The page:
When Sir Eldon Gorst succeeded Lord Cromer as Agent and Consul-General in Cairo in 1907, Britain effectively ruled Egypt and the Sudan. The period Gorst spent in Egypt was critical in shaping Africa's history. The British government gave Gorst the task of liberalising the Egyptian regime, a role he pursued with vigour. However, the reforms he introduced satisfied neither Egyptian nationalists nor British expatriates, who believed he was merely pandering to agitators. Pressure increased after Boutros Ghali, the Egyptian Prime Minister and Gorst's close ally, was assassinated in 1910. Under immense strain, Gorst suspended his reform programme and a year later he was dead from cancer. Gorst's role in determining the path taken by the government of Egypt is often overlooked. "Power and Passion in Egypt" offers a timely assessment of his contribution and argues that his was an honourable attempt to share government with the Egyptian people.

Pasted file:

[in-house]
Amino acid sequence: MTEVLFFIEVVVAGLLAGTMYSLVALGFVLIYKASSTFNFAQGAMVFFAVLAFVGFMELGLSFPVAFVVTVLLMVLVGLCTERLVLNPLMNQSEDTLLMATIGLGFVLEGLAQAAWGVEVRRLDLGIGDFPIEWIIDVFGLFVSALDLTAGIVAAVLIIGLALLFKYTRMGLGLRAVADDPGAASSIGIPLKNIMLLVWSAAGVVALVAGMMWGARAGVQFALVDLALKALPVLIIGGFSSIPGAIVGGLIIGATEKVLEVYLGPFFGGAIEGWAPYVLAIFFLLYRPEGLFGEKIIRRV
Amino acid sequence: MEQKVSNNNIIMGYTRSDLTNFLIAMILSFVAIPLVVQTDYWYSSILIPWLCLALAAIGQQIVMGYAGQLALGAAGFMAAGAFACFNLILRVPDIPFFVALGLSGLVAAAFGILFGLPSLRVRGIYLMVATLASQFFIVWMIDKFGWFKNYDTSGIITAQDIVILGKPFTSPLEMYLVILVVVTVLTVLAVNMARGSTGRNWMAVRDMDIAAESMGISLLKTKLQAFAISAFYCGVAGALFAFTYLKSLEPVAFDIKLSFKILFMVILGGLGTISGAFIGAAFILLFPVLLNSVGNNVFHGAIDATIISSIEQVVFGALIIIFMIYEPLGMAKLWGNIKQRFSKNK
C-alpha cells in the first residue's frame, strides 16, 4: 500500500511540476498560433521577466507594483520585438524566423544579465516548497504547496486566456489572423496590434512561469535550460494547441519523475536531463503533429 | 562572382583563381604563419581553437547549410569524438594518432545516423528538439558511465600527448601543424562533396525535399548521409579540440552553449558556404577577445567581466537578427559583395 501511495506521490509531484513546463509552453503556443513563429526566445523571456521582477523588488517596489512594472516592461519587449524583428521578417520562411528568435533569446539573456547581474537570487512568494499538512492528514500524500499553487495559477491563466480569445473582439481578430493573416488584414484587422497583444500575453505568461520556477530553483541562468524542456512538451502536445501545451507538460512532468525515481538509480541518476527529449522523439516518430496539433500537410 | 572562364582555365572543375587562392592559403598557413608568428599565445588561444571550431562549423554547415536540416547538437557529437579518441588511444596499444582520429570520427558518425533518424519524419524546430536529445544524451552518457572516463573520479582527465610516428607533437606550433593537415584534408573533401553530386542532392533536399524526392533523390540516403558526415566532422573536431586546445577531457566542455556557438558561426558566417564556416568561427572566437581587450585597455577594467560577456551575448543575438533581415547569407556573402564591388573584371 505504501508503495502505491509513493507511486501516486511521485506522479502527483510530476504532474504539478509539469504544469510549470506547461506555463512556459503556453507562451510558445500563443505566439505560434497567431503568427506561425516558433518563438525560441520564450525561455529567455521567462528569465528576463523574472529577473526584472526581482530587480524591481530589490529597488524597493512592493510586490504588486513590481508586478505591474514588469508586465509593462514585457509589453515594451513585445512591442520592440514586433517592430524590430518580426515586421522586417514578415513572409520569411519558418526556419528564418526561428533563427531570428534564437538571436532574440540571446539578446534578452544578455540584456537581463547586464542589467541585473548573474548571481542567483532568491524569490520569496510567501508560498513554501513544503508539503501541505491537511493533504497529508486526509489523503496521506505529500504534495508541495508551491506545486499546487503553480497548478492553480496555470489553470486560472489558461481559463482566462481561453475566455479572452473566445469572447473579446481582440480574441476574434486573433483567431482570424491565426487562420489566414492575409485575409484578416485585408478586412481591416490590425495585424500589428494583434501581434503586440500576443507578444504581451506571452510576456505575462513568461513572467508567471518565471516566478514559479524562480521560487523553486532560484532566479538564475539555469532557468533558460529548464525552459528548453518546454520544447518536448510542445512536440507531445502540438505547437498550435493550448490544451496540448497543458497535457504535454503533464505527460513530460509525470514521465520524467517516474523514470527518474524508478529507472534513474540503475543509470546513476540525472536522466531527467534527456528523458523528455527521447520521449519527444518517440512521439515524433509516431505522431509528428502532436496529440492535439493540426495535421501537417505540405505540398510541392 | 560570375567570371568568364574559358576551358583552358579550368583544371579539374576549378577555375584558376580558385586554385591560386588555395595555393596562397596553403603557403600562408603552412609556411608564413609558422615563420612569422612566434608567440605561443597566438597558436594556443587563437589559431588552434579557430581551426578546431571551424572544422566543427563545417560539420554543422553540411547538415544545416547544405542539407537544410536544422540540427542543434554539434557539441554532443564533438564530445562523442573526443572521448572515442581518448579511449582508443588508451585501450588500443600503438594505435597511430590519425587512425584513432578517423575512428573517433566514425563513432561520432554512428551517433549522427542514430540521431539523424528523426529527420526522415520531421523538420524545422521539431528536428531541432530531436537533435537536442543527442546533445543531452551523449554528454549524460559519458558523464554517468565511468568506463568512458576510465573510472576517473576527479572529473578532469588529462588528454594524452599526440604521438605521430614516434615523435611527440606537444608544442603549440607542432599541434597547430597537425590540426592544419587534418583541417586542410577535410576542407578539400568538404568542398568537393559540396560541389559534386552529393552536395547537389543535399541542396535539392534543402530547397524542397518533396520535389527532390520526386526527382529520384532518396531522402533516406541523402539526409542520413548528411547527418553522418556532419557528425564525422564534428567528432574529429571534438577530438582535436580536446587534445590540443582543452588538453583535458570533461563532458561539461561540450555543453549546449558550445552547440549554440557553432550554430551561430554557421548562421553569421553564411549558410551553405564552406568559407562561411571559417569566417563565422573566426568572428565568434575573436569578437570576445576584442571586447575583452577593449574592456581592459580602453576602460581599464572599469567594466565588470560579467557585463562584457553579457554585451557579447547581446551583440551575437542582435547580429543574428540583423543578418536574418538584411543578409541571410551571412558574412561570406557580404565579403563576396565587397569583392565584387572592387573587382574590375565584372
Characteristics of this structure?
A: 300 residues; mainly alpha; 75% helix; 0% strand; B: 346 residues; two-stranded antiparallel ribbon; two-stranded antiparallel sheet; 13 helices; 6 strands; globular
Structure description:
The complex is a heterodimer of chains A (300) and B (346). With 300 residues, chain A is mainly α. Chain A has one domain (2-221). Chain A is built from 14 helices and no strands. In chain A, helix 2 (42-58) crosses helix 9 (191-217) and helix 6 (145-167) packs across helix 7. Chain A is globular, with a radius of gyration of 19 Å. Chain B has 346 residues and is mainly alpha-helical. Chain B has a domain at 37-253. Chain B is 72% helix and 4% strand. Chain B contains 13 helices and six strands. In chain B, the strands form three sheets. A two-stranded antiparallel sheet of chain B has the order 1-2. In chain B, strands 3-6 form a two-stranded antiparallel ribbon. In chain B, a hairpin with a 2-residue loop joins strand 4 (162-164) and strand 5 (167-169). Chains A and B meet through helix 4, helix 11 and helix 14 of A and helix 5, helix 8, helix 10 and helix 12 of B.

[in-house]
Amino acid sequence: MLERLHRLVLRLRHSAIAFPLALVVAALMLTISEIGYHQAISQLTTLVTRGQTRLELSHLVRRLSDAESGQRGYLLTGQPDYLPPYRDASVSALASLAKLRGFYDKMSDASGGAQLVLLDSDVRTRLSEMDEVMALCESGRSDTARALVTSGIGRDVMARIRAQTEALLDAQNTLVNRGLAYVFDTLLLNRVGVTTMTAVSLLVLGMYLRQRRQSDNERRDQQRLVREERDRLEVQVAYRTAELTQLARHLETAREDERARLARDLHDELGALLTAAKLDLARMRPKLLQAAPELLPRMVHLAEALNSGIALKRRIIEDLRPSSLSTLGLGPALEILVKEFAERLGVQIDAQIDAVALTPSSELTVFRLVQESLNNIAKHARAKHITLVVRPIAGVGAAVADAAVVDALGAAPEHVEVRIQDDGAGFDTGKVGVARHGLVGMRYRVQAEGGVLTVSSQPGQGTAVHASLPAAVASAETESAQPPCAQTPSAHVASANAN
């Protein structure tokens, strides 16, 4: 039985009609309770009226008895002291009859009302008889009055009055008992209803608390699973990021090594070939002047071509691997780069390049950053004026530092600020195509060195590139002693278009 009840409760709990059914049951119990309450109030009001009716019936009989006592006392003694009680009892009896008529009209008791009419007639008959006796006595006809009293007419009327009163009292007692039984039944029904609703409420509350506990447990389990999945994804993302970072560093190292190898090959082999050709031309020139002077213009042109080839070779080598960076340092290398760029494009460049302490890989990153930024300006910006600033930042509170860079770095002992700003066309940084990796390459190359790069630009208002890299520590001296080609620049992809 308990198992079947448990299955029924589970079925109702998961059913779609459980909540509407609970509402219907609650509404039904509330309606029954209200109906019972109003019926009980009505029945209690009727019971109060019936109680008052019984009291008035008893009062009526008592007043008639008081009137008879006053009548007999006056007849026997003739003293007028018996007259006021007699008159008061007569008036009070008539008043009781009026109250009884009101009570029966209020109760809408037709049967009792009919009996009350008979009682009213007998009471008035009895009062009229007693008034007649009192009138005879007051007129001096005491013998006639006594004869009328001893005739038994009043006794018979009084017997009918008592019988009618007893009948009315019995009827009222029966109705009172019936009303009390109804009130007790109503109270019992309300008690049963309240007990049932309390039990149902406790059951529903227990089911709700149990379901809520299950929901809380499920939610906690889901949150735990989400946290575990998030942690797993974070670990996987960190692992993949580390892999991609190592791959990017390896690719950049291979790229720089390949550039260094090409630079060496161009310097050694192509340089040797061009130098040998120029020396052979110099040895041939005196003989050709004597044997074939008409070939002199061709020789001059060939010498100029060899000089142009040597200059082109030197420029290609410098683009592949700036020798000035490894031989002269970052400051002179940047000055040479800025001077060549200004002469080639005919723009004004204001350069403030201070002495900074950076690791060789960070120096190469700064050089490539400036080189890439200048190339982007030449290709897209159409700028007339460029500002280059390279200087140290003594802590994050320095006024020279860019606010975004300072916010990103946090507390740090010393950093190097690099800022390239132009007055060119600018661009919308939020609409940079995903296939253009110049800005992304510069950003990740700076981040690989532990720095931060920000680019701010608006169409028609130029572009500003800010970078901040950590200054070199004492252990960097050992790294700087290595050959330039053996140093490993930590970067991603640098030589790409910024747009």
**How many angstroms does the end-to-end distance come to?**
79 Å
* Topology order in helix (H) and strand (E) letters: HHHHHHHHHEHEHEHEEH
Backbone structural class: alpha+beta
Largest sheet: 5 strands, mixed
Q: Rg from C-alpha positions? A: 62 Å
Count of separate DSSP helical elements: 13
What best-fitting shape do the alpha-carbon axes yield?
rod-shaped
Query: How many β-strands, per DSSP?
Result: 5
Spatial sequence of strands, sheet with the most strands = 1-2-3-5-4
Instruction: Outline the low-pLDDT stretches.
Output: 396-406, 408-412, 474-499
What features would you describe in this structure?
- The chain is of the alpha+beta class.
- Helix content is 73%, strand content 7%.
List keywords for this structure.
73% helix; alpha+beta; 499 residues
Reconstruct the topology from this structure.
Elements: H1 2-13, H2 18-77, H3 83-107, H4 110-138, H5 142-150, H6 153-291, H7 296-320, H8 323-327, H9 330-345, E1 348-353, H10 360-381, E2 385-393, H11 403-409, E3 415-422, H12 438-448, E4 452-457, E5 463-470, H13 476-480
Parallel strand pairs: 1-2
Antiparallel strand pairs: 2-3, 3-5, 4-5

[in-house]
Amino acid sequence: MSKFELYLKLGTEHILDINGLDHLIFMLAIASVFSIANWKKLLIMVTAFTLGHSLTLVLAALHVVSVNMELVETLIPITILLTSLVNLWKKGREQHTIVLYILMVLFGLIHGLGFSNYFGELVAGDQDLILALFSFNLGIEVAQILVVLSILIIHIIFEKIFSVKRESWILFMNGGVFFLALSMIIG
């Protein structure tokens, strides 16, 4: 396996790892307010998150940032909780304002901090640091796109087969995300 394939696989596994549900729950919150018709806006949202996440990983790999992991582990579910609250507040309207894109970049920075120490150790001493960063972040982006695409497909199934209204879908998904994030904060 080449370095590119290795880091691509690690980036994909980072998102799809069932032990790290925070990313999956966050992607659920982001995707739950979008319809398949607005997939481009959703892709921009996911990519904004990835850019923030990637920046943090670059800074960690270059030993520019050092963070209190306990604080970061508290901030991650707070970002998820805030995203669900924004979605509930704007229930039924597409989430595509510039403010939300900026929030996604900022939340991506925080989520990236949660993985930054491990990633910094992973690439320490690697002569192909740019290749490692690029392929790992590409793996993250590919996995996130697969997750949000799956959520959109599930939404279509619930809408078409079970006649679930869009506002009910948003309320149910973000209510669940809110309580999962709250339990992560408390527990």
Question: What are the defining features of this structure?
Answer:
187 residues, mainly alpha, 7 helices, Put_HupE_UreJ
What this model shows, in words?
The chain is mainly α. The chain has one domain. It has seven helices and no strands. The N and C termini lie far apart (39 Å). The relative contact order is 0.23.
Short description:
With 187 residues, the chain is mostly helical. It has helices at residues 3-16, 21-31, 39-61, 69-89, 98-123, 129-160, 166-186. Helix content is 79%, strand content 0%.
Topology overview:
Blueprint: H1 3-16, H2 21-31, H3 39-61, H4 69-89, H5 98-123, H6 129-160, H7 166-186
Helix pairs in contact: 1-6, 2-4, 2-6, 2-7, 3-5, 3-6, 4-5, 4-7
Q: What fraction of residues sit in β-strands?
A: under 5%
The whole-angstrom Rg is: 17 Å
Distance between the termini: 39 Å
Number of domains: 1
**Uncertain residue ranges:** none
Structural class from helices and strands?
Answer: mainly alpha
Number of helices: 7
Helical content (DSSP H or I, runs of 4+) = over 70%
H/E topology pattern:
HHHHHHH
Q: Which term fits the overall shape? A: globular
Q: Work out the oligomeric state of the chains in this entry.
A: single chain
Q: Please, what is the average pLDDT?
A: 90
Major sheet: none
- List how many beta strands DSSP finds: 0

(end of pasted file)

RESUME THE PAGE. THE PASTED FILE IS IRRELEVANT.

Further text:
Archie Hunter was educated at Sherborne School and Clare College, Cambridge, before being called to the Bar. His career encompassed the Colonial Administrative Service in northern Nigeria, the International Commission of Jurists in Geneva and the Ministry of Defence. He is the author of Kitchener's Sword Arm: The Life and Campaigns of General Sir Archbald Hunter, A Life of Sir John Eldon Gorst: Disraeli's Awkward Disciple and Wellington's Scapegoat: The Tragedy of Lieutenant Colonel Charles Bevan. He is Sir Eldon Gorst's great-nephew.